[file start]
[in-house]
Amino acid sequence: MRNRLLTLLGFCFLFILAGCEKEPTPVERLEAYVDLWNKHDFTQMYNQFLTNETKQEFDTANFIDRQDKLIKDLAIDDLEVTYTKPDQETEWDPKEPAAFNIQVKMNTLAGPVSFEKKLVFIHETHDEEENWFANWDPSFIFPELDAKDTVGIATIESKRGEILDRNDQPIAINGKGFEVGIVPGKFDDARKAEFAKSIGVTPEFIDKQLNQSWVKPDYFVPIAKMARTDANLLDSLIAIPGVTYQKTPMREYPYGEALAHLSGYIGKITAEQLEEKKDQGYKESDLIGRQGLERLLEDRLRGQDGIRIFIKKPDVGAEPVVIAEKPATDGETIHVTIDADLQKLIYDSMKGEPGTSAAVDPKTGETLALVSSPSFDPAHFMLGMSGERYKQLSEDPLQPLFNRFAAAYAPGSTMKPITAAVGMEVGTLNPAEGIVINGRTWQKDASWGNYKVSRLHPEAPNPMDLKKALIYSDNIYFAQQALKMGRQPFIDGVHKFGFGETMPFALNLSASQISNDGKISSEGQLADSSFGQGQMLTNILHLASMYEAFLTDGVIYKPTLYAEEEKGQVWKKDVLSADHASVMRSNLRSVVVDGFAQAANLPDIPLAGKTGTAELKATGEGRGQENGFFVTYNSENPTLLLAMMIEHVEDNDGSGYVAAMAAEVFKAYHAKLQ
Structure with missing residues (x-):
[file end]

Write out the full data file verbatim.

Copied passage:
[in-house]
Amino acid sequence: MRNRLLTLLGFCFLFILAGCEKEPTPVERLEAYVDLWNKHDFTQMYNQFLTNETKQEFDTANFIDRQDKLIKDLAIDDLEVTYTKPDQETEWDPKEPAAFNIQVKMNTLAGPVSFEKKLVFIHETHDEEENWFANWDPSFIFPELDAKDTVGIATIESKRGEILDRNDQPIAINGKGFEVGIVPGKFDDARKAEFAKSIGVTPEFIDKQLNQSWVKPDYFVPIAKMARTDANLLDSLIAIPGVTYQKTPMREYPYGEALAHLSGYIGKITAEQLEEKKDQGYKESDLIGRQGLERLLEDRLRGQDGIRIFIKKPDVGAEPVVIAEKPATDGETIHVTIDADLQKLIYDSMKGEPGTSAAVDPKTGETLALVSSPSFDPAHFMLGMSGERYKQLSEDPLQPLFNRFAAAYAPGSTMKPITAAVGMEVGTLNPAEGIVINGRTWQKDASWGNYKVSRLHPEAPNPMDLKKALIYSDNIYFAQQALKMGRQPFIDGVHKFGFGETMPFALNLSASQISNDGKISSEGQLADSSFGQGQMLTNILHLASMYEAFLTDGVIYKPTLYAEEEKGQVWKKDVLSADHASVMRSNLRSVVVDGFAQAANLPDIPLAGKTGTAELKATGEGRGQENGFFVTYNSENPTLLLAMMIEHVEDNDGSGYVAAMAAEVFKAYHAKLQ
Structure with missing residues (x-):